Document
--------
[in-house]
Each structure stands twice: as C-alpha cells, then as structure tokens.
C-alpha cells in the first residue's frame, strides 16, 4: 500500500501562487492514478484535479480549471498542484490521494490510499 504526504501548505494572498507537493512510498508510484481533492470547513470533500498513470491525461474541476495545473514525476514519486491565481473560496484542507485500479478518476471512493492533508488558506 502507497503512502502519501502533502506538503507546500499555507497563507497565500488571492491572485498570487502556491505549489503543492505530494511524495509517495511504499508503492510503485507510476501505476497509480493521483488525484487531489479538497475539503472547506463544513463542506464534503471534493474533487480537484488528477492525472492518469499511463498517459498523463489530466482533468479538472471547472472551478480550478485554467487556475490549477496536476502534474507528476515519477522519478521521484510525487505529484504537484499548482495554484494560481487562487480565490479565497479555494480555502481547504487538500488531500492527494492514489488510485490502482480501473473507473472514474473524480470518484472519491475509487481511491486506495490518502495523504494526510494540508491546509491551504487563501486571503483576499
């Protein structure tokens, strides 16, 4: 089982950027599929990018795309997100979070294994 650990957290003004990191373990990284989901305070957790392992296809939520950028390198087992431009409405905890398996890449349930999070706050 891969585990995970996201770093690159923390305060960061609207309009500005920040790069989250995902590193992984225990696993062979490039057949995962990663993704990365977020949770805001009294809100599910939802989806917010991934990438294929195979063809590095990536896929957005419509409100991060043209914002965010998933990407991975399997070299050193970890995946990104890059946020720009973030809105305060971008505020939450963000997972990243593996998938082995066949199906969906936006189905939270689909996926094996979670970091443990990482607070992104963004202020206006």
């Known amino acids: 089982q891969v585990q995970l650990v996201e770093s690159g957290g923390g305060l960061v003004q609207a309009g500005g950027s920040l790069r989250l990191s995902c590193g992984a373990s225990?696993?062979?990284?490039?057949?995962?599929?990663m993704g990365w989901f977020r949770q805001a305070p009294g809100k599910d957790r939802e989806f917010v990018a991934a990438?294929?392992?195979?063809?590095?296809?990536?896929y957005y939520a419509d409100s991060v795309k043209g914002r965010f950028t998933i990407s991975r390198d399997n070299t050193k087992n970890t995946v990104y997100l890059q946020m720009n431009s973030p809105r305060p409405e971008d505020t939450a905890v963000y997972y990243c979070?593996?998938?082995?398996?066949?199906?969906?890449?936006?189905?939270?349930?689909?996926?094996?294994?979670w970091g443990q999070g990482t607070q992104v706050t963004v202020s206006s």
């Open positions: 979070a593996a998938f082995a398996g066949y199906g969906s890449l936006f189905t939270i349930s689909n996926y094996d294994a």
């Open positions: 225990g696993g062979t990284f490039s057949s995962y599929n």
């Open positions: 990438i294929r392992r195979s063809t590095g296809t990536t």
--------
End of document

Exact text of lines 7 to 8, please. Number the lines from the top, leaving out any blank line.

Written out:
């Open positions: 225990g696993g062979t990284f490039s057949s995962y599929n």
């Open positions: 990438i294929r392992r195979s063809t590095g296809t990536t």